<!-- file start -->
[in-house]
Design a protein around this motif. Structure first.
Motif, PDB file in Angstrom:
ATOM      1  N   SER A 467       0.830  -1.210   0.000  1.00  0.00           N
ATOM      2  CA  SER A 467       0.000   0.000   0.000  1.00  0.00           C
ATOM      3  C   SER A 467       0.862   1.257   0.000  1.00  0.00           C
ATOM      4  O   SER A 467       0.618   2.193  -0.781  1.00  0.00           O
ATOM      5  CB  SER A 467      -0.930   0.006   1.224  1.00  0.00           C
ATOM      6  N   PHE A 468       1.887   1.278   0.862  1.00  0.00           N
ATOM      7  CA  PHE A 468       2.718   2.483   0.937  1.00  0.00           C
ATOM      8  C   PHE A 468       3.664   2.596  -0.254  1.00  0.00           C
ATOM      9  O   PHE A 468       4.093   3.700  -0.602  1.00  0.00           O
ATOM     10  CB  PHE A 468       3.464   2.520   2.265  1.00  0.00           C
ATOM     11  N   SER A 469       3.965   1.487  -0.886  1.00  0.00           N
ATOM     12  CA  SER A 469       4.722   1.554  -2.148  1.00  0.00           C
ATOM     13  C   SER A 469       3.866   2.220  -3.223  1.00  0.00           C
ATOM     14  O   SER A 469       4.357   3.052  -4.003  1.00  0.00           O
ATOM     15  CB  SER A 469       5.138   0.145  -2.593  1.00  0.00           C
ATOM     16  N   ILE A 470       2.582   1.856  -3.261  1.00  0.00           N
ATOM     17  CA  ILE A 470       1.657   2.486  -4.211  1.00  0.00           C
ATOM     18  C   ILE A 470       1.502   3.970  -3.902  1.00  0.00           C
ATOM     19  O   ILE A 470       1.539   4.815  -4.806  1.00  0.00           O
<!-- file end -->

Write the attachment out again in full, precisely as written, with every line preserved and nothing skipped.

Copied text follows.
[in-house]
Design a protein around this motif. Structure first.
Motif, PDB file in Angstrom:
ATOM      1  N   SER A 467       0.830  -1.210   0.000  1.00  0.00           N
ATOM      2  CA  SER A 467       0.000   0.000   0.000  1.00  0.00           C
ATOM      3  C   SER A 467       0.862   1.257   0.000  1.00  0.00           C
ATOM      4  O   SER A 467       0.618   2.193  -0.781  1.00  0.00           O
ATOM      5  CB  SER A 467      -0.930   0.006   1.224  1.00  0.00           C
ATOM      6  N   PHE A 468       1.887   1.278   0.862  1.00  0.00           N
ATOM      7  CA  PHE A 468       2.718   2.483   0.937  1.00  0.00           C
ATOM      8  C   PHE A 468       3.664   2.596  -0.254  1.00  0.00           C
ATOM      9  O   PHE A 468       4.093   3.700  -0.602  1.00  0.00           O
ATOM     10  CB  PHE A 468       3.464   2.520   2.265  1.00  0.00           C
ATOM     11  N   SER A 469       3.965   1.487  -0.886  1.00  0.00           N
ATOM     12  CA  SER A 469       4.722   1.554  -2.148  1.00  0.00           C
ATOM     13  C   SER A 469       3.866   2.220  -3.223  1.00  0.00           C
ATOM     14  O   SER A 469       4.357   3.052  -4.003  1.00  0.00           O
ATOM     15  CB  SER A 469       5.138   0.145  -2.593  1.00  0.00           C
ATOM     16  N   ILE A 470       2.582   1.856  -3.261  1.00  0.00           N
ATOM     17  CA  ILE A 470       1.657   2.486  -4.211  1.00  0.00           C
ATOM     18  C   ILE A 470       1.502   3.970  -3.902  1.00  0.00           C
ATOM     19  O   ILE A 470       1.539   4.815  -4.806  1.00  0.00           O